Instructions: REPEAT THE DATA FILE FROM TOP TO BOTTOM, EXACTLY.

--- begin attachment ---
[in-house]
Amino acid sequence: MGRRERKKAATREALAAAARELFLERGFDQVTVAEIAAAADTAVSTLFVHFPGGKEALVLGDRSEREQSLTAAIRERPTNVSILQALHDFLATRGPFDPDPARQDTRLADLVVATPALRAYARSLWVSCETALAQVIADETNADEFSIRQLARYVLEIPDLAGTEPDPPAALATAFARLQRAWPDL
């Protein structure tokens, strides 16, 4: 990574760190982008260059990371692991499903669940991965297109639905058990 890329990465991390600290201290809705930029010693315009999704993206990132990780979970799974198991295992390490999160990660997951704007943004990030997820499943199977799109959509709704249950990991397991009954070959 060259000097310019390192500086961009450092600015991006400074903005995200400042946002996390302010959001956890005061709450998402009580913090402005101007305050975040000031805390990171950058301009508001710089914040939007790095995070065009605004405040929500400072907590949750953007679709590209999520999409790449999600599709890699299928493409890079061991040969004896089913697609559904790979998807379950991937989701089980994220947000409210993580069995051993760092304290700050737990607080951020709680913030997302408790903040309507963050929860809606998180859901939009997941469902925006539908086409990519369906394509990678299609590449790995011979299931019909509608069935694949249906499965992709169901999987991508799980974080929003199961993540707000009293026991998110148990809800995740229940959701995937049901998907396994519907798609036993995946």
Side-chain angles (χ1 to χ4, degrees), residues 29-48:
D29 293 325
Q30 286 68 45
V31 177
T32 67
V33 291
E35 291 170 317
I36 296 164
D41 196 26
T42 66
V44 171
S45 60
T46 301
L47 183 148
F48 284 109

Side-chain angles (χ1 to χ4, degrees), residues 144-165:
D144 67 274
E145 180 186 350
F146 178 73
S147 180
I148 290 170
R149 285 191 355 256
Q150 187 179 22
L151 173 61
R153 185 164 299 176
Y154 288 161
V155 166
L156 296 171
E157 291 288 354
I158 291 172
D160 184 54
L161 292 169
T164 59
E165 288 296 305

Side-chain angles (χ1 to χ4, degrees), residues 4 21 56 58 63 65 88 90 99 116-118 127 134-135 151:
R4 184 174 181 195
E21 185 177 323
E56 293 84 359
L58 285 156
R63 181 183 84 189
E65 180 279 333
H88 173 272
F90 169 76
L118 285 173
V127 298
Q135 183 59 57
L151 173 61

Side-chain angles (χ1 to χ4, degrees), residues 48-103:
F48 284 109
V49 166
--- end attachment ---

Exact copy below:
[in-house]
Amino acid sequence: MGRRERKKAATREALAAAARELFLERGFDQVTVAEIAAAADTAVSTLFVHFPGGKEALVLGDRSEREQSLTAAIRERPTNVSILQALHDFLATRGPFDPDPARQDTRLADLVVATPALRAYARSLWVSCETALAQVIADETNADEFSIRQLARYVLEIPDLAGTEPDPPAALATAFARLQRAWPDL
């Protein structure tokens, strides 16, 4: 990574760190982008260059990371692991499903669940991965297109639905058990 890329990465991390600290201290809705930029010693315009999704993206990132990780979970799974198991295992390490999160990660997951704007943004990030997820499943199977799109959509709704249950990991397991009954070959 060259000097310019390192500086961009450092600015991006400074903005995200400042946002996390302010959001956890005061709450998402009580913090402005101007305050975040000031805390990171950058301009508001710089914040939007790095995070065009605004405040929500400072907590949750953007679709590209999520999409790449999600599709890699299928493409890079061991040969004896089913697609559904790979998807379950991937989701089980994220947000409210993580069995051993760092304290700050737990607080951020709680913030997302408790903040309507963050929860809606998180859901939009997941469902925006539908086409990519369906394509990678299609590449790995011979299931019909509608069935694949249906499965992709169901999987991508799980974080929003199961993540707000009293026991998110148990809800995740229940959701995937049901998907396994519907798609036993995946």
Side-chain angles (χ1 to χ4, degrees), residues 29-48:
D29 293 325
Q30 286 68 45
V31 177
T32 67
V33 291
E35 291 170 317
I36 296 164
D41 196 26
T42 66
V44 171
S45 60
T46 301
L47 183 148
F48 284 109

Side-chain angles (χ1 to χ4, degrees), residues 144-165:
D144 67 274
E145 180 186 350
F146 178 73
S147 180
I148 290 170
R149 285 191 355 256
Q150 187 179 22
L151 173 61
R153 185 164 299 176
Y154 288 161
V155 166
L156 296 171
E157 291 288 354
I158 291 172
D160 184 54
L161 292 169
T164 59
E165 288 296 305

Side-chain angles (χ1 to χ4, degrees), residues 4 21 56 58 63 65 88 90 99 116-118 127 134-135 151:
R4 184 174 181 195
E21 185 177 323
E56 293 84 359
L58 285 156
R63 181 183 84 189
E65 180 279 333
H88 173 272
F90 169 76
L118 285 173
V127 298
Q135 183 59 57
L151 173 61

Side-chain angles (χ1 to χ4, degrees), residues 48-103:
F48 284 109
V49 166